Protect yourself from the Coronavirus - some tips for you.

Posted by Mark Hamilton on

I have been forwarded some great information on the Coronavirus from the College of natropathic Medicine today which i think you will find interesting.Is the coronavirus another case of bird flu, SARS or swine flu? The flu, that thousands of people contract every year, causes many deaths.

Even though these pandemics sound pretty scary, they were brought under control and stamped out within a few months with stringent public health measures such as isolation and quarantine.

Will coronavirus be the same, or is it in a league of its own?

Let’s take a look the coronavirus facts: what is coronavirus, who’s most at risk and what are the symptoms? Learn how can you prevent coronavirus and keep your immune system strong. Take the necessary precautions and stay informed to protect yourself from the disease.

What is Coronavirus?

Coronavirus is a zoonotic disease, meaning the virus has been transmitted from animals to humans. The main thing that differentiates coronavirus from other flu pandemics is that it spreads easily and widely.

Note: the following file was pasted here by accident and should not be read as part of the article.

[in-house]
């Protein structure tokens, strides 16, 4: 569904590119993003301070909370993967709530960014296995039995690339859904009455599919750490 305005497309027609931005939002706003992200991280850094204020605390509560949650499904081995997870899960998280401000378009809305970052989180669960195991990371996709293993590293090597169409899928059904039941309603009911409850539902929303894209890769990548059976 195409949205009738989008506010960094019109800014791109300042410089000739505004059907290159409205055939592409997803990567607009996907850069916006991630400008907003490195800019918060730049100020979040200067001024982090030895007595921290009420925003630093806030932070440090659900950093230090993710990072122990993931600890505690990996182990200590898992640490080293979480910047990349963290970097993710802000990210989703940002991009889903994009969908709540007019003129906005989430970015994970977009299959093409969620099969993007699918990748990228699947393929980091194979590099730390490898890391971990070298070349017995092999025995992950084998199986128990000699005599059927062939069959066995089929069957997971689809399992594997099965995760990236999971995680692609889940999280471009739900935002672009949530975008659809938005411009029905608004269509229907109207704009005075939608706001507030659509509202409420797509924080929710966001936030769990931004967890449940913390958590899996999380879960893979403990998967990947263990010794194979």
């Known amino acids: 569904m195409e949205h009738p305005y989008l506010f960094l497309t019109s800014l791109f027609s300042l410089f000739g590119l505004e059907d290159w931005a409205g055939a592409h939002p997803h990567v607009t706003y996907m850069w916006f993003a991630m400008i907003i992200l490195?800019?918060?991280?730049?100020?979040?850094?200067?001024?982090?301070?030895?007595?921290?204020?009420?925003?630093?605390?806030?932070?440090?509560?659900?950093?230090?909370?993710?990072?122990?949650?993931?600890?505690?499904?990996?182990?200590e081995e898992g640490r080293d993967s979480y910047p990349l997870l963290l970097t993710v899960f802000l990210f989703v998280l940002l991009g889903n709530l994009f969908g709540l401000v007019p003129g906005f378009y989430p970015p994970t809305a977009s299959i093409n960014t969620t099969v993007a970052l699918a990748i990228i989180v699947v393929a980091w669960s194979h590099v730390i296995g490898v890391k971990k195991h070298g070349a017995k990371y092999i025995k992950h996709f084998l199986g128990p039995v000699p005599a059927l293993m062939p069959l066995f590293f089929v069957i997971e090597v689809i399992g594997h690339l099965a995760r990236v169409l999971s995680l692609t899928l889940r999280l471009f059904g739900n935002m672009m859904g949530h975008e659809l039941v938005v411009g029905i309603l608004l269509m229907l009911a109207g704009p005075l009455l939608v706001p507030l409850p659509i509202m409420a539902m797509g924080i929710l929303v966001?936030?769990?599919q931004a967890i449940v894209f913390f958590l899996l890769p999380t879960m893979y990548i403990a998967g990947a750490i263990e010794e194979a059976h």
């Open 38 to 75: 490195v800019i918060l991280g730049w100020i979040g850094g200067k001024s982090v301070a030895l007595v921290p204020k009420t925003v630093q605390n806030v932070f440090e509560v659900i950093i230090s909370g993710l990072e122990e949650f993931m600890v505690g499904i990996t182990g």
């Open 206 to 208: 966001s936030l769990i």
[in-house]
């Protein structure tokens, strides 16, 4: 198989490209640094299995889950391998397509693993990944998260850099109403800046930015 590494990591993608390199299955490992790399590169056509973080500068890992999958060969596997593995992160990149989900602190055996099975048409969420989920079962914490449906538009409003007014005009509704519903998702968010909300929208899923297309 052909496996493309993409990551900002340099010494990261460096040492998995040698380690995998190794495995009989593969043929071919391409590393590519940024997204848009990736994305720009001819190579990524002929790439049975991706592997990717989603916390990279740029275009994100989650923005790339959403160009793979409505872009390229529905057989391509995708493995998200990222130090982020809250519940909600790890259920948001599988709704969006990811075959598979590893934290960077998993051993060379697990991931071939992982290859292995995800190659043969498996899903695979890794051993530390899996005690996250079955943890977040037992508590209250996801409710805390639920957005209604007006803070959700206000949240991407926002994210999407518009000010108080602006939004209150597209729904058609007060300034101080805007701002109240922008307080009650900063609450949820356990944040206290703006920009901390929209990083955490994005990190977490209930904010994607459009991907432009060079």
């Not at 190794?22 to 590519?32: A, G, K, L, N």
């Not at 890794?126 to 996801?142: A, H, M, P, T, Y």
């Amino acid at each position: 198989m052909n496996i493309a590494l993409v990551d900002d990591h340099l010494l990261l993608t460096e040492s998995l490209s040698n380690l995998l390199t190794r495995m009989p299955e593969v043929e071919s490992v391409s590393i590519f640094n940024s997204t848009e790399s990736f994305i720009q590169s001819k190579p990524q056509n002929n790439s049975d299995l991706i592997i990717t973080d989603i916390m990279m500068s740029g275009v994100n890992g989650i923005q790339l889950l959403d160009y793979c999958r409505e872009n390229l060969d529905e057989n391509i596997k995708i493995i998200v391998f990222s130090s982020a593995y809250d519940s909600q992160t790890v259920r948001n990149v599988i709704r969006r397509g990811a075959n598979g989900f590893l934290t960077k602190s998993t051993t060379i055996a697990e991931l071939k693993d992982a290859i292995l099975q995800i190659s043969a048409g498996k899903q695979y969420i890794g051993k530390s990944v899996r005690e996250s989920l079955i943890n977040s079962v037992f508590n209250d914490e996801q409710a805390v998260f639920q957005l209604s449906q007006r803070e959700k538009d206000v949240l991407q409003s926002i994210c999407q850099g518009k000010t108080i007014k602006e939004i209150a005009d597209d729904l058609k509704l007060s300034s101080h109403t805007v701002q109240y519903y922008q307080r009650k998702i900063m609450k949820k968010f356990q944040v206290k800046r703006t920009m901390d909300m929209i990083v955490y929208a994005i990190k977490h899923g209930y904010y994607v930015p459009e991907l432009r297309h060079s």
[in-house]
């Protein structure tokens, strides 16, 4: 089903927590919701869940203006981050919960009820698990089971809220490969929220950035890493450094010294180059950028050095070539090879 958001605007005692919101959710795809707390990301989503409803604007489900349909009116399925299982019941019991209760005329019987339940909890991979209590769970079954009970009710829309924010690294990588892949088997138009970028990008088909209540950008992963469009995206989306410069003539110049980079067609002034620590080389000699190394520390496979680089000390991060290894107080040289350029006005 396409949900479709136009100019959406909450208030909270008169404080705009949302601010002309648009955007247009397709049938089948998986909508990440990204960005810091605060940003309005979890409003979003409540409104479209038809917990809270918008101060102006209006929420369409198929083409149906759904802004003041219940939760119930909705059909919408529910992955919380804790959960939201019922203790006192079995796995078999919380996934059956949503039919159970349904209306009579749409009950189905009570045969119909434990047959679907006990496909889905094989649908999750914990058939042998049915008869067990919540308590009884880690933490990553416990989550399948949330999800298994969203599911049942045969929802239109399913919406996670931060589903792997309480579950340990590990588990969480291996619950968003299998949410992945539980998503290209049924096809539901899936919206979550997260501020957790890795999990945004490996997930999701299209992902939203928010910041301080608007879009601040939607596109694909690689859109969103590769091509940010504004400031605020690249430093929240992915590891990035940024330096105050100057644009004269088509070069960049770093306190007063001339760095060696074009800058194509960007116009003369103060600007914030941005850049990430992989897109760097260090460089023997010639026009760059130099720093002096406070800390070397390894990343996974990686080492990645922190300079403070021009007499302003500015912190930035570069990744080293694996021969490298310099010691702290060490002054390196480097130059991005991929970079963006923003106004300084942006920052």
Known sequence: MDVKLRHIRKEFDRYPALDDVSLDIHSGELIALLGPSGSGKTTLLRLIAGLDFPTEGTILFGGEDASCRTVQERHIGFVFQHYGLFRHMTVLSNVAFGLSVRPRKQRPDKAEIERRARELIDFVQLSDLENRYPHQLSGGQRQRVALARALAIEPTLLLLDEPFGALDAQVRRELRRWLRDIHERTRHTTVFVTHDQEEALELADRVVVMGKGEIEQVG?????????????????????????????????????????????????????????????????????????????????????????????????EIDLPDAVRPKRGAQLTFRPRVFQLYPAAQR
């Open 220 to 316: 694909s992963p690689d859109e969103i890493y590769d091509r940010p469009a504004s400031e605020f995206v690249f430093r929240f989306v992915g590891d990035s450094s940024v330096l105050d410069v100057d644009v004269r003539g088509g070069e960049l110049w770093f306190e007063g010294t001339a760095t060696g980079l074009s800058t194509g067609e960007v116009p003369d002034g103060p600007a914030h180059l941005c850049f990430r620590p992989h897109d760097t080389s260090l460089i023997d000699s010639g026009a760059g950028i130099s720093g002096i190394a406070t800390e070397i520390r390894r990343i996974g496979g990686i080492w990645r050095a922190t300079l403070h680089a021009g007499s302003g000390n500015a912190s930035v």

As symptoms don’t appear immediately (and as severely as they did with SARS), coronavirus is harder to identify and isolate early. Many people don’t even know they’ve contracted it and they are spreading it without realising.

The other issue is, coronavirus spreads from person-to-person, transmitted through respiratory droplets when someone coughs or sneezes. The infection can also be contracted by touching a surface or object that has the virus on it, which can spread to the nose or mouth if hands are not washed thoroughly.

Coronavirus v. the flu

Millions of people get flu infections every year, with the majority making a swift recovery without long-term complications.

In the following tables, we highlight how coronavirus and annual flu statistics compare and the number of coronavirus cases in the USA, UK and Ireland to date:

Flu vs. Coronavirus – Worldwide
Coronavirus Flu (annually)
Contracted the disease 129,386* 3 – 5 million
Deaths 4,749* 250,000 – 500,000

Number of Coronavirus Cases
USA UK Ireland
Contracted the disease (to date) * 1364 460 43
Deaths (to date) * 38 8 1

*These are the most recent figures at the time of writing.

Who is most at risk of coronavirus?

  • The weak elderly
  • The chronically ill and people with weakened immune systems
  • Smokers and drug users
  • Those taking medication

The majority of the coronavirus fatalities have been people over the age of 70.

Coronavirus symptoms

Symptoms usually appear between two to fourteen days of exposure to the virus. Some people may be asymptomatic.

According to our contact in Wuhan, the epicentre of the coronavirus in China, coronavirus symptoms include:

  • Fever
  • Dry cough
  • Shortness of breath or breathing difficulties
  • Pneumonia in severe cases

Wet coughs and a runny nose are not symptoms of coronavirus

Should we be worried about Coronavirus?